KUDOS to Makoanyane XI who reached their first Council of Southern African Football Associations (COSAFA) Cup under-20 final in 13 years by beating tournament guests, Uganda, 5-6 on penalties in a semifinal played on Thursday.
This was after the national junior side finished on top of Group C which featured pre-tournament favorites, Zimbabwe, Namibia and Angola.
The Leslie Notši-coached outfit began their campaign with a goalless stalemate against Zimbabwe before fighting back from a goal down to beat Namibia 2-1. They were also a man down after Relebohile Mabone was shown a red card for a careless tackle.
They also played well to hold Angola to a goalless draw in the last match of the group stages before the semi-final clash with Uganda.
Well done to the boys.
For a long time one of the biggest obstacles to our progress in football has been the lack of clear transitional programmes from the junior to the senior Likuena national team.
I hope this time around the Lesotho Football Association (LeFA) will keep this group intact and do everything to ensure its progression to the senior side.
Lesotho has generally had very good under-20 teams as shown by the side that first reached the COSAFA final in 1990. There was also the Seephephe Matete-coached team that qualified for the Africa Youth Championship in 2005 and also reached COSAFA final the same year before losing out to Madagascar. There was also another group coached by Notši which qualified for the Africa Youth Championship in 2011.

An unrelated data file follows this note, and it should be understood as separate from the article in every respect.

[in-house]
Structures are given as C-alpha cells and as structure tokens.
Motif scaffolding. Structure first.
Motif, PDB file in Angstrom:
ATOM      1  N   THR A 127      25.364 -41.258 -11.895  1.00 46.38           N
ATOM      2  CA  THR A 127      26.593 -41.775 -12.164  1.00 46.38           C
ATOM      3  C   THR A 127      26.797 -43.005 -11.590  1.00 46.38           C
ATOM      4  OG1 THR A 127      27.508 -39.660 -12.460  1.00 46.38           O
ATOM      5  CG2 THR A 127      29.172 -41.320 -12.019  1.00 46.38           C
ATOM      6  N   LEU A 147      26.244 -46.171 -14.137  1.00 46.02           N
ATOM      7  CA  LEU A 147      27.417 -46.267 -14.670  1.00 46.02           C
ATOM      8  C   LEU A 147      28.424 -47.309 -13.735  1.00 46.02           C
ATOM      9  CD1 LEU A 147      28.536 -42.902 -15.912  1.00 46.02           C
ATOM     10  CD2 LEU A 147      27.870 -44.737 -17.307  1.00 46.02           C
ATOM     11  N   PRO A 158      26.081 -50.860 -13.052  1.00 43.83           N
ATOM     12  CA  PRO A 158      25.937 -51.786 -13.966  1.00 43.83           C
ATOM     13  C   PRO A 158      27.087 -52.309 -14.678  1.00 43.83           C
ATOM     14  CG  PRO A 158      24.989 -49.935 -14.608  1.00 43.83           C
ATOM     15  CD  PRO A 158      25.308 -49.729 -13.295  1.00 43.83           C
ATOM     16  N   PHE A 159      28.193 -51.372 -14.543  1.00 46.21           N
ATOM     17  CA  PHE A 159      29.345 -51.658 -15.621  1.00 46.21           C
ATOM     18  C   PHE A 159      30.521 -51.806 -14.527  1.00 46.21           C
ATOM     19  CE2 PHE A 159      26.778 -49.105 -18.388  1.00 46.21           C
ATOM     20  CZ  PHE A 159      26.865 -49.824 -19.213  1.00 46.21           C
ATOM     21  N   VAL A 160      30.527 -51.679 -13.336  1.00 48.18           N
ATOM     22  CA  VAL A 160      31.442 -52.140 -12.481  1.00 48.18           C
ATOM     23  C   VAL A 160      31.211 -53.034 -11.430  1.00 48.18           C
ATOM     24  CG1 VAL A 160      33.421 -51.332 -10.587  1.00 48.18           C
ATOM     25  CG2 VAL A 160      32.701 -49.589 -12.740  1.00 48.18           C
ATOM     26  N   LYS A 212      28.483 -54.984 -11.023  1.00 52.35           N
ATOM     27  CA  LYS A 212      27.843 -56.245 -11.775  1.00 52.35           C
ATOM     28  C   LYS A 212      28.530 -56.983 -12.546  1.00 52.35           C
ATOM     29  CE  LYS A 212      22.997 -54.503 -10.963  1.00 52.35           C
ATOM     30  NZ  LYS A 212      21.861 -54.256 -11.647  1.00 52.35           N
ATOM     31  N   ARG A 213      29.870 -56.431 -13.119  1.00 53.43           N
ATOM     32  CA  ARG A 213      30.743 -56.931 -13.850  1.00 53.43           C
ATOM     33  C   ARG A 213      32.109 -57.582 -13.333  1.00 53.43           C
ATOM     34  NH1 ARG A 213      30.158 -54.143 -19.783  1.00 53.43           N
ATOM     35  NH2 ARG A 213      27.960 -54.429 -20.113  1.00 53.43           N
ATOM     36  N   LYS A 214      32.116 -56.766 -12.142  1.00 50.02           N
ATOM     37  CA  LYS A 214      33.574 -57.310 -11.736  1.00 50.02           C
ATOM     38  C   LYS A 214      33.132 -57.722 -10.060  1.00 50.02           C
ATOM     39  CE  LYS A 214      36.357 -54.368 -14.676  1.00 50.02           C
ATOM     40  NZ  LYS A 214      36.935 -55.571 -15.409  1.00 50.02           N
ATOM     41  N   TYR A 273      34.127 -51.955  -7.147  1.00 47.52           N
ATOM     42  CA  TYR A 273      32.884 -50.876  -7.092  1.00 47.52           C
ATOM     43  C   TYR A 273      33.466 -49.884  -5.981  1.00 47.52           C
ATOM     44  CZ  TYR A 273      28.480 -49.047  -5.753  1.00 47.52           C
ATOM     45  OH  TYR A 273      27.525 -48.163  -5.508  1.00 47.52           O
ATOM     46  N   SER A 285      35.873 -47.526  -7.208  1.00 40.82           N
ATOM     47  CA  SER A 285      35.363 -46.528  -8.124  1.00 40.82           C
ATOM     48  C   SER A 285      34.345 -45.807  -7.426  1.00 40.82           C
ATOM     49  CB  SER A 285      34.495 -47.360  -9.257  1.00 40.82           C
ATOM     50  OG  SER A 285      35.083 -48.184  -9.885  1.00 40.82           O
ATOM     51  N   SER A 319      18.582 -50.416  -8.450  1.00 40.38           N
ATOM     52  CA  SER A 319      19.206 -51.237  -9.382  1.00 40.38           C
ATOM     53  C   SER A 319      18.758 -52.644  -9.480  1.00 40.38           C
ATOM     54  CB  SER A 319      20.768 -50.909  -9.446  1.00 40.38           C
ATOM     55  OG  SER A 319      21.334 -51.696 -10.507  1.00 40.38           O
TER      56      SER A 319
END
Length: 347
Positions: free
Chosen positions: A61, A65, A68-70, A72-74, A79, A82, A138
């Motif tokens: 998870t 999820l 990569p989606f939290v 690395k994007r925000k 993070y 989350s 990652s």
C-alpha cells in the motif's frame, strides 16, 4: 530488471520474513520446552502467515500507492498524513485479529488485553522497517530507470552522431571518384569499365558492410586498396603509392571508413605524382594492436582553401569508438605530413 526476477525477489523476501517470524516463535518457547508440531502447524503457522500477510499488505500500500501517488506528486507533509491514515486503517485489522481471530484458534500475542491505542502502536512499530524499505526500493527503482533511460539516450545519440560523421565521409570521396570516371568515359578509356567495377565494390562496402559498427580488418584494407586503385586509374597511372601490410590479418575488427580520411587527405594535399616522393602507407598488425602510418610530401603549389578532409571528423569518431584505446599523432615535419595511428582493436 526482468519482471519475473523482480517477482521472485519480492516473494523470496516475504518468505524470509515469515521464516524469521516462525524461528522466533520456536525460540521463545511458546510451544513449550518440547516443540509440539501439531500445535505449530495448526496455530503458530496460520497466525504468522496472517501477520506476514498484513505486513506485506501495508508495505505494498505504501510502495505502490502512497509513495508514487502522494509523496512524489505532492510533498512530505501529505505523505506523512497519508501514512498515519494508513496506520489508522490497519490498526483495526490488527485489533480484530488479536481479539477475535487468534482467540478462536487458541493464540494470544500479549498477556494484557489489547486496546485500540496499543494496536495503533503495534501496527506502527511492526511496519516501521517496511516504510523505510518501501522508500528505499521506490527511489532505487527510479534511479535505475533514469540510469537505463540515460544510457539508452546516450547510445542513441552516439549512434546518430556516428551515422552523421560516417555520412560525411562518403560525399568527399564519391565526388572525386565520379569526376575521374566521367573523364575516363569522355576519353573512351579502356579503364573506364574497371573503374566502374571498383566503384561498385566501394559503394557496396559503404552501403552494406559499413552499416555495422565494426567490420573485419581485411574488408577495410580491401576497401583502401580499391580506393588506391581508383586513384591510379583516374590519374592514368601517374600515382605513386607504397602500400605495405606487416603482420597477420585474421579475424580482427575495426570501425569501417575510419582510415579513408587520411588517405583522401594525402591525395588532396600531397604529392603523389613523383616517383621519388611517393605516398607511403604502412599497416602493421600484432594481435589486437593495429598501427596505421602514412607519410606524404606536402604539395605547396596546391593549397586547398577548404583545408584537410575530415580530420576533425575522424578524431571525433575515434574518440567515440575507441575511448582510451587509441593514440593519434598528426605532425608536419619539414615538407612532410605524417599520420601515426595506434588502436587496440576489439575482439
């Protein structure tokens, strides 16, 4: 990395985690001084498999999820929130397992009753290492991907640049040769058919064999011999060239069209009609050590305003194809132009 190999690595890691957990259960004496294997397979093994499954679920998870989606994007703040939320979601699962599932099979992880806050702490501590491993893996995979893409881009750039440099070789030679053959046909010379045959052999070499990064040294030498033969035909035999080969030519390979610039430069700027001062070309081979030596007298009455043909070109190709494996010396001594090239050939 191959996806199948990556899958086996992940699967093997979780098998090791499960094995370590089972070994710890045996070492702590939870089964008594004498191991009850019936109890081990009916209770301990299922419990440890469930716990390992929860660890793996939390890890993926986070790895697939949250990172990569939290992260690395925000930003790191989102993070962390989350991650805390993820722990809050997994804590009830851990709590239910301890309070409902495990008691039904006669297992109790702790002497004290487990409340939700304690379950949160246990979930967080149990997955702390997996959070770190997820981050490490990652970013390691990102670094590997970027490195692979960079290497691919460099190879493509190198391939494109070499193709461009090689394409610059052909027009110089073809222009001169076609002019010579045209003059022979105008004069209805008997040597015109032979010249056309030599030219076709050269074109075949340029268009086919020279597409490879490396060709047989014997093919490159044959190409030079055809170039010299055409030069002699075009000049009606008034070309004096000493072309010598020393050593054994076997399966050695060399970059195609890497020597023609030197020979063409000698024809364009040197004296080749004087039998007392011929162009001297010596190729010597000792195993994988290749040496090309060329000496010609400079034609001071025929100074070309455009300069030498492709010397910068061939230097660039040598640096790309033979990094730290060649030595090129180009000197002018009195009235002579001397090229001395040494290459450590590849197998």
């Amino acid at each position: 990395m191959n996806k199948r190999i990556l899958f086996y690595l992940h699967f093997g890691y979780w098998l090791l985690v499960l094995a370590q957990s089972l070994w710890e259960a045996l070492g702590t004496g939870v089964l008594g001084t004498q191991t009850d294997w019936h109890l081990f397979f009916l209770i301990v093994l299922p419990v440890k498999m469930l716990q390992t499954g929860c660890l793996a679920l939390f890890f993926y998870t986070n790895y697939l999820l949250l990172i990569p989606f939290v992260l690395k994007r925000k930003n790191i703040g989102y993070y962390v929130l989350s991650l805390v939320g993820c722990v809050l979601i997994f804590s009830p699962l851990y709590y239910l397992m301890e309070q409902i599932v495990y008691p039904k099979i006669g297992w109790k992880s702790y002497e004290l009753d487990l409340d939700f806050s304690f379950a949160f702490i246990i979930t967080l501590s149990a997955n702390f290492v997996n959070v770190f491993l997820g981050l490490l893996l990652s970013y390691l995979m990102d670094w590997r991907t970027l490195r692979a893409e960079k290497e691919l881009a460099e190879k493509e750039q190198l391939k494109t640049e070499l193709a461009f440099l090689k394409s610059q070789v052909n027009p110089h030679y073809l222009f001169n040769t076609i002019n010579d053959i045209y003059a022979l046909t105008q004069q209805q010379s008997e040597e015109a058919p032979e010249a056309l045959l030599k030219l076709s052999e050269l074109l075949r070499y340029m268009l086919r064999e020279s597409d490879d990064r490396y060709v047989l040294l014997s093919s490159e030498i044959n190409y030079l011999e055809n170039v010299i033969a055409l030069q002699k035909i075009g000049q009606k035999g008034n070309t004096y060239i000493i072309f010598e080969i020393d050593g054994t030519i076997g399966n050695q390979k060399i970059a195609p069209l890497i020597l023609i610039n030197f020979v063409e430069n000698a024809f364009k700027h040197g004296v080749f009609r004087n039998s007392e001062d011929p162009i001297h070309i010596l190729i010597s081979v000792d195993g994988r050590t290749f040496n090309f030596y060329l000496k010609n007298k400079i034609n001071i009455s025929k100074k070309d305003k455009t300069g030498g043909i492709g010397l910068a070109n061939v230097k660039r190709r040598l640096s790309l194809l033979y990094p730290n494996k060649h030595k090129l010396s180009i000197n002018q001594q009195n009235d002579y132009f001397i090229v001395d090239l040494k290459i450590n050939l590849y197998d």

We all hoped that those groups would graduate into the senior side and do well but unfortunately only a handful of those young players ever made it into the Likuena side.
The reason is that there is a gap between the under 20 and senior team which could be bridged by having an under-23 side.
I watched the match against Namibia where the boys fought hard to win and I was very touched to see their high levels of commitment even after conceding when they were a man down.
LeFA must revive the national under-23 side in order to keep this team together before they ultimately progress to the Likuena set-up.
The international exposure our boys get from participating in such tournaments is invaluable but we are bound to lose our talent and momentum without clear structures to facilitate the smooth progression of our players.
Before I conclude I want to take the opportunity to wish all of my loyal readers a merry Christmas and prosperous New Year in advance as this is my last column of the year.
It has been a great journey since January and I hope to see you all again next year. Let us go out and enjoy responsibly while also spending quality time with our families.
I hope 2018 will be a year like no other for all of us and we will get to see momentous, positive changes in terms of the overall socio-economic and political development of our country as well as in our personal lives.